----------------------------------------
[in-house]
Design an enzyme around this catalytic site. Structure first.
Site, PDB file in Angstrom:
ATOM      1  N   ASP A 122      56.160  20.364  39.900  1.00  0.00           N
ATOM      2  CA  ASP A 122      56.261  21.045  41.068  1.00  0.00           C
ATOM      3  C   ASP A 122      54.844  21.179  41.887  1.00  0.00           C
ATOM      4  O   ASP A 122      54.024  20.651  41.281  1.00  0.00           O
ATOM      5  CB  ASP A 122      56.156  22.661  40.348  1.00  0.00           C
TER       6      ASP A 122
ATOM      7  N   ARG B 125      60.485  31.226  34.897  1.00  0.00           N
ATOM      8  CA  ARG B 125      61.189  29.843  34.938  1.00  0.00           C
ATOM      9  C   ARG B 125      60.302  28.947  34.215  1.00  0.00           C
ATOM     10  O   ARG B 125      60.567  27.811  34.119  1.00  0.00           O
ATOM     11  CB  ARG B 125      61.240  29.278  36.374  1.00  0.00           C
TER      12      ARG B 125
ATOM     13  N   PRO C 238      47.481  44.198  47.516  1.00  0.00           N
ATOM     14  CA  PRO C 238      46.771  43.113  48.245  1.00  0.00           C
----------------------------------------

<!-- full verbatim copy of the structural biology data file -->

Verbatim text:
[in-house]
Design an enzyme around this catalytic site. Structure first.
Site, PDB file in Angstrom:
ATOM      1  N   ASP A 122      56.160  20.364  39.900  1.00  0.00           N
ATOM      2  CA  ASP A 122      56.261  21.045  41.068  1.00  0.00           C
ATOM      3  C   ASP A 122      54.844  21.179  41.887  1.00  0.00           C
ATOM      4  O   ASP A 122      54.024  20.651  41.281  1.00  0.00           O
ATOM      5  CB  ASP A 122      56.156  22.661  40.348  1.00  0.00           C
TER       6      ASP A 122
ATOM      7  N   ARG B 125      60.485  31.226  34.897  1.00  0.00           N
ATOM      8  CA  ARG B 125      61.189  29.843  34.938  1.00  0.00           C
ATOM      9  C   ARG B 125      60.302  28.947  34.215  1.00  0.00           C
ATOM     10  O   ARG B 125      60.567  27.811  34.119  1.00  0.00           O
ATOM     11  CB  ARG B 125      61.240  29.278  36.374  1.00  0.00           C
TER      12      ARG B 125
ATOM     13  N   PRO C 238      47.481  44.198  47.516  1.00  0.00           N
ATOM     14  CA  PRO C 238      46.771  43.113  48.245  1.00  0.00           C